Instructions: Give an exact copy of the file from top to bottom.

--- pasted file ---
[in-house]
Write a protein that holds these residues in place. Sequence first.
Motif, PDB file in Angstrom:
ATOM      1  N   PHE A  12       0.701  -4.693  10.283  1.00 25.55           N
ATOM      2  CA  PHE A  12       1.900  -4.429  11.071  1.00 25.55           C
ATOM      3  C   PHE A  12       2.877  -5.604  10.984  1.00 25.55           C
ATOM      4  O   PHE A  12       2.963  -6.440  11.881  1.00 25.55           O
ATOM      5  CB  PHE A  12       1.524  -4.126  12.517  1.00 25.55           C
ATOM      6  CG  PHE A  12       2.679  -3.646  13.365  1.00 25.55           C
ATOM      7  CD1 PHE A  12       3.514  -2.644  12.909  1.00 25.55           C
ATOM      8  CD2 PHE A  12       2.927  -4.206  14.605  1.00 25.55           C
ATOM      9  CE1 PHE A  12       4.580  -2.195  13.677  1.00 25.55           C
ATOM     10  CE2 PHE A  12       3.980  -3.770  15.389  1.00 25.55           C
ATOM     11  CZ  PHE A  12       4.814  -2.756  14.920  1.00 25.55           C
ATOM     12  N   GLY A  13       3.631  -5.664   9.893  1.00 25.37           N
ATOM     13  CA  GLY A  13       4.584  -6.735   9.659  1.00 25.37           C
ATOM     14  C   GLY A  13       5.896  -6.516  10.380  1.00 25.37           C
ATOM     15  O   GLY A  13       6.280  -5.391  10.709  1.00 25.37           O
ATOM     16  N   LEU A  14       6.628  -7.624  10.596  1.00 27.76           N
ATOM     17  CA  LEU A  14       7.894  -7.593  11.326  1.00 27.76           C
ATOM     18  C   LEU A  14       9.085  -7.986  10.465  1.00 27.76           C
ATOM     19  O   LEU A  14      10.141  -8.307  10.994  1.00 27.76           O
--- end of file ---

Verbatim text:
[in-house]
Write a protein that holds these residues in place. Sequence first.
Motif, PDB file in Angstrom:
ATOM      1  N   PHE A  12       0.701  -4.693  10.283  1.00 25.55           N
ATOM      2  CA  PHE A  12       1.900  -4.429  11.071  1.00 25.55           C
ATOM      3  C   PHE A  12       2.877  -5.604  10.984  1.00 25.55           C
ATOM      4  O   PHE A  12       2.963  -6.440  11.881  1.00 25.55           O
ATOM      5  CB  PHE A  12       1.524  -4.126  12.517  1.00 25.55           C
ATOM      6  CG  PHE A  12       2.679  -3.646  13.365  1.00 25.55           C
ATOM      7  CD1 PHE A  12       3.514  -2.644  12.909  1.00 25.55           C
ATOM      8  CD2 PHE A  12       2.927  -4.206  14.605  1.00 25.55           C
ATOM      9  CE1 PHE A  12       4.580  -2.195  13.677  1.00 25.55           C
ATOM     10  CE2 PHE A  12       3.980  -3.770  15.389  1.00 25.55           C
ATOM     11  CZ  PHE A  12       4.814  -2.756  14.920  1.00 25.55           C
ATOM     12  N   GLY A  13       3.631  -5.664   9.893  1.00 25.37           N
ATOM     13  CA  GLY A  13       4.584  -6.735   9.659  1.00 25.37           C
ATOM     14  C   GLY A  13       5.896  -6.516  10.380  1.00 25.37           C
ATOM     15  O   GLY A  13       6.280  -5.391  10.709  1.00 25.37           O
ATOM     16  N   LEU A  14       6.628  -7.624  10.596  1.00 27.76           N
ATOM     17  CA  LEU A  14       7.894  -7.593  11.326  1.00 27.76           C
ATOM     18  C   LEU A  14       9.085  -7.986  10.465  1.00 27.76           C
ATOM     19  O   LEU A  14      10.141  -8.307  10.994  1.00 27.76           O